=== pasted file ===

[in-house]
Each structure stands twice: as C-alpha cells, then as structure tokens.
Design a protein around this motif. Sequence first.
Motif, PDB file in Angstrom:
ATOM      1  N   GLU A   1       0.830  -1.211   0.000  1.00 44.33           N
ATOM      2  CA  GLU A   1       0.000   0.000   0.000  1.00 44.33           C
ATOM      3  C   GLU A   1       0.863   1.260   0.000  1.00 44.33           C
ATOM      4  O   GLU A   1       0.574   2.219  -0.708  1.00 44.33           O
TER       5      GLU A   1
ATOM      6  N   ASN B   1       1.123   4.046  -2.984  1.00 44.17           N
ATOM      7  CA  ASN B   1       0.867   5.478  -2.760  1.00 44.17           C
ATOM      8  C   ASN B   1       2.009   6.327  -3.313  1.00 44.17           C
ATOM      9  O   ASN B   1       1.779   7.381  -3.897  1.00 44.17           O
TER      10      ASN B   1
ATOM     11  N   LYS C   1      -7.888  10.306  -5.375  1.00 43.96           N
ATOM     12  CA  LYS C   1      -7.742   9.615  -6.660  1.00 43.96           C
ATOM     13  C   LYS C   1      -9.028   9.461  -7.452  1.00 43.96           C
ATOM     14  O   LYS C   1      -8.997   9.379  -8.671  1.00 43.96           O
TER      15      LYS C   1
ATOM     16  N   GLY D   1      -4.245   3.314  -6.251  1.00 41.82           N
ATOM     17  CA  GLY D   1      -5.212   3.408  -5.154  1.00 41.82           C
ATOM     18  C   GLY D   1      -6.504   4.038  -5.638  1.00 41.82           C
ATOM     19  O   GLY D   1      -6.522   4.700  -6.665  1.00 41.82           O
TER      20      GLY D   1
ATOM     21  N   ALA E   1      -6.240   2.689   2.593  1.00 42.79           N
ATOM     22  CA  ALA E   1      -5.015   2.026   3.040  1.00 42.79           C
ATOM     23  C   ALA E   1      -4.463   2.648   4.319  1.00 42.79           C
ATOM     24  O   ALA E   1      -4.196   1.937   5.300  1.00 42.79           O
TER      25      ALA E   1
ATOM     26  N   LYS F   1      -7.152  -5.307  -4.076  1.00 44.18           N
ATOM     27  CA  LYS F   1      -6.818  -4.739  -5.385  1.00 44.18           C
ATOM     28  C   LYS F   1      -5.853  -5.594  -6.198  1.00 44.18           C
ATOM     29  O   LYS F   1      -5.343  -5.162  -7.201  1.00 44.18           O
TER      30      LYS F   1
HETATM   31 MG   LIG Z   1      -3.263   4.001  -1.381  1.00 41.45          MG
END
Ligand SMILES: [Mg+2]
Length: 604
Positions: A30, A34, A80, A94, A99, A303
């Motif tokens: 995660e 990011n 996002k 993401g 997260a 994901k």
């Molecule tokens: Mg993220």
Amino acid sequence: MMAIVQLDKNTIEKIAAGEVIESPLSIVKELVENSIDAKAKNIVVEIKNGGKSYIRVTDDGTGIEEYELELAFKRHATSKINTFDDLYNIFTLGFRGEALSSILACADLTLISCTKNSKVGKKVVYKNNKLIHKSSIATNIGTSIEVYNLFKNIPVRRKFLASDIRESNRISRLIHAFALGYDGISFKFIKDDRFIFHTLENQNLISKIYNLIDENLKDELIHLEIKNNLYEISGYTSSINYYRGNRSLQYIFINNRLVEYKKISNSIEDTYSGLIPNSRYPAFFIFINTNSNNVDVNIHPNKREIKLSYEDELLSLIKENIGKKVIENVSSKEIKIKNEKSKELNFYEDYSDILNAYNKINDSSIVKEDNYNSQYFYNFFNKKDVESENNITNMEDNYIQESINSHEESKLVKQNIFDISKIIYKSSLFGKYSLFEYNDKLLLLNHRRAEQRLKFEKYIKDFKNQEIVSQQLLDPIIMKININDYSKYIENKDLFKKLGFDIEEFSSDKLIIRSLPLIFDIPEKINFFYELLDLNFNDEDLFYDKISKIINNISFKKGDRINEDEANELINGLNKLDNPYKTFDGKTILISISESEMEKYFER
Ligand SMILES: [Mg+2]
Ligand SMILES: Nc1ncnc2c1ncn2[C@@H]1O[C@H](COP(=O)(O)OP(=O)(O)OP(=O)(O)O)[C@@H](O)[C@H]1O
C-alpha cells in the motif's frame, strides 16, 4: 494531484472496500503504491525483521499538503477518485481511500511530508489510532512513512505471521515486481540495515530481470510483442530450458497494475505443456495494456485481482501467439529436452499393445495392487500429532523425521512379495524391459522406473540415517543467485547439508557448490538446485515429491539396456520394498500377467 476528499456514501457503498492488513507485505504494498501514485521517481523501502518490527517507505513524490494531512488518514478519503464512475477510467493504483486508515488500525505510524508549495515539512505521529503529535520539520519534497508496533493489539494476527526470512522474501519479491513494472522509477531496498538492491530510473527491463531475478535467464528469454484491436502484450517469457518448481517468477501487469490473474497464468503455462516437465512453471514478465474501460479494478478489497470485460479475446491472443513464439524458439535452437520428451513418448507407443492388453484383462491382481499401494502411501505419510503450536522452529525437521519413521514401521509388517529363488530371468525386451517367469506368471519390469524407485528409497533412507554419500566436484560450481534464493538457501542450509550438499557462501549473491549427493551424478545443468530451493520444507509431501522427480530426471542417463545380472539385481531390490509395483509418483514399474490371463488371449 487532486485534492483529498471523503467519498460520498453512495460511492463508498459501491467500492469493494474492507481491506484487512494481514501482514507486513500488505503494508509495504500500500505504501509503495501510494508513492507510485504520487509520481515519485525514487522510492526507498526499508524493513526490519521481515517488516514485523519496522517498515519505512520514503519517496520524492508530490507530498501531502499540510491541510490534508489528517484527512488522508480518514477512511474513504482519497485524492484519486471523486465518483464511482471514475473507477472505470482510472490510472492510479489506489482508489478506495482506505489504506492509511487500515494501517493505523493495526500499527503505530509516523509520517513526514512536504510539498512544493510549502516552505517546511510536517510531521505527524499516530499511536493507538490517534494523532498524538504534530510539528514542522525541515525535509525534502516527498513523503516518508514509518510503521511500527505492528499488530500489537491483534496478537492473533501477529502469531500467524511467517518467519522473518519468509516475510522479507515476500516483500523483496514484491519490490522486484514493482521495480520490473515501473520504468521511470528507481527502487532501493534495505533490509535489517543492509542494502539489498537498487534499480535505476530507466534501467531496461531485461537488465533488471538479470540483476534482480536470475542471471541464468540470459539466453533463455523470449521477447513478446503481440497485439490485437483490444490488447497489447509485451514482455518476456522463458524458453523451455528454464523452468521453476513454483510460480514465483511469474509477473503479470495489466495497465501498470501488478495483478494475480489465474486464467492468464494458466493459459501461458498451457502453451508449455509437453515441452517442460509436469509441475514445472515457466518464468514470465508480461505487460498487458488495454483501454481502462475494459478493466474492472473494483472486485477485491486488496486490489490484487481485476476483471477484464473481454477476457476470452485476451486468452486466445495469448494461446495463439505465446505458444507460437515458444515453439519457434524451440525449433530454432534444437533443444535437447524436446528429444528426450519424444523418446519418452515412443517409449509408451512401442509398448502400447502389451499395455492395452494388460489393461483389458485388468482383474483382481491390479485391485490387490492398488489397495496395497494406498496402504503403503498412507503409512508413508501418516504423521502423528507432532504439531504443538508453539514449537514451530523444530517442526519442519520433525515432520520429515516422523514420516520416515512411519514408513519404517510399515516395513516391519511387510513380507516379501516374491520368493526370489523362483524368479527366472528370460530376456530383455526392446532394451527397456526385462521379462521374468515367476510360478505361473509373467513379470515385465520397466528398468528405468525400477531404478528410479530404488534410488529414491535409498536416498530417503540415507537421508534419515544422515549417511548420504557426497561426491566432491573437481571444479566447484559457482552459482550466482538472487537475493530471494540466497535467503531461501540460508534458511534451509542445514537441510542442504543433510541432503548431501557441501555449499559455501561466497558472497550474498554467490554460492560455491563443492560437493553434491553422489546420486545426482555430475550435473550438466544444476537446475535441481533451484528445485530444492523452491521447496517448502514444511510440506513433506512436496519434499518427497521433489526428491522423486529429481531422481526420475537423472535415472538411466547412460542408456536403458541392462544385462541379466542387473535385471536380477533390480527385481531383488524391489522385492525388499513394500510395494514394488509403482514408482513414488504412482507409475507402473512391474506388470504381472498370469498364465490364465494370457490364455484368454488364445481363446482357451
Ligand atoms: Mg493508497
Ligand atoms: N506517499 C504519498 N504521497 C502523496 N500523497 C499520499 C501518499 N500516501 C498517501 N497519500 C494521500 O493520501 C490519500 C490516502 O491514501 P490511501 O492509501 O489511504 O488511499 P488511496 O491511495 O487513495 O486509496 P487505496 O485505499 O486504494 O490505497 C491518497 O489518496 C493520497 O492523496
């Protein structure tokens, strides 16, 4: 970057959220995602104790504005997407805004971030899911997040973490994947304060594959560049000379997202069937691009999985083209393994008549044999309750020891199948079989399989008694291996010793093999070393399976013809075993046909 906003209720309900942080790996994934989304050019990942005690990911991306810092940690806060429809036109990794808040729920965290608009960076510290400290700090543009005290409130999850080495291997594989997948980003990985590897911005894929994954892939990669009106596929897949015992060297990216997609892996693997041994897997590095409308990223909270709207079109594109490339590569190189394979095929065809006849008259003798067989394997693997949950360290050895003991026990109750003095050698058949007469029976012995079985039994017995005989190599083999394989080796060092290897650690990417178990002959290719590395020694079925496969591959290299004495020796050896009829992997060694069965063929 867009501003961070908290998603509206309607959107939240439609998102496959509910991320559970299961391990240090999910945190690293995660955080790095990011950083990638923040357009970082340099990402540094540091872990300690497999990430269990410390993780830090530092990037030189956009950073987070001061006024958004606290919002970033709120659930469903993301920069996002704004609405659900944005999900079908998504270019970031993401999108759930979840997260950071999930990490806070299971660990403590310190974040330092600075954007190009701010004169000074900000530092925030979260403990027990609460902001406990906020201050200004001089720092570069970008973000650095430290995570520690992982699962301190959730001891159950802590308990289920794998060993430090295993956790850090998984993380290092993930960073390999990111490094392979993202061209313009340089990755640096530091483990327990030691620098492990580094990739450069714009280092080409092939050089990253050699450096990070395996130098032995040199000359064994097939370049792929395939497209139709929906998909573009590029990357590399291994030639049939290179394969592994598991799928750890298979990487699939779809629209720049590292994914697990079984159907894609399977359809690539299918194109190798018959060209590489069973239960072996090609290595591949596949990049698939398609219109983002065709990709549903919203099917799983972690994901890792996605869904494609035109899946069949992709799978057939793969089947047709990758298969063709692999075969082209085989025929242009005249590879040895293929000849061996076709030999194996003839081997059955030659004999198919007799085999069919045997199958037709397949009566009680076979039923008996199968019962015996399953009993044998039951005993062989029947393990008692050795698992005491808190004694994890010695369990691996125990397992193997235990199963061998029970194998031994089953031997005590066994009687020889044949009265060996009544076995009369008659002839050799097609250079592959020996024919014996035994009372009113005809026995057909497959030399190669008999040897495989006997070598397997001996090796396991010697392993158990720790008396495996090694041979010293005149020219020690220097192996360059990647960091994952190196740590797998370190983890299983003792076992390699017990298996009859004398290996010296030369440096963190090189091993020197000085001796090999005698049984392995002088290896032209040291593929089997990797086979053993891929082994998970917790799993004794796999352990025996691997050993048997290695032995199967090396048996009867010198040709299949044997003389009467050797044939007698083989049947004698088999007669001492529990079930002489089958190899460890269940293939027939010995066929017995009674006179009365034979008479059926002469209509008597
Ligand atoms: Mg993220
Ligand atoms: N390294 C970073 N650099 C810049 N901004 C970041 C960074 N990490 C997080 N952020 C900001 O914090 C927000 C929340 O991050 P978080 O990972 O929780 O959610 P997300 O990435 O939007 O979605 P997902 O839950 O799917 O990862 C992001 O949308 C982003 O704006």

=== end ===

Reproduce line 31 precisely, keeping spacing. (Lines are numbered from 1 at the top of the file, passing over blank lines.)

ATOM     27  CA  LYS F   1      -6.818  -4.739  -5.385  1.00 44.18           C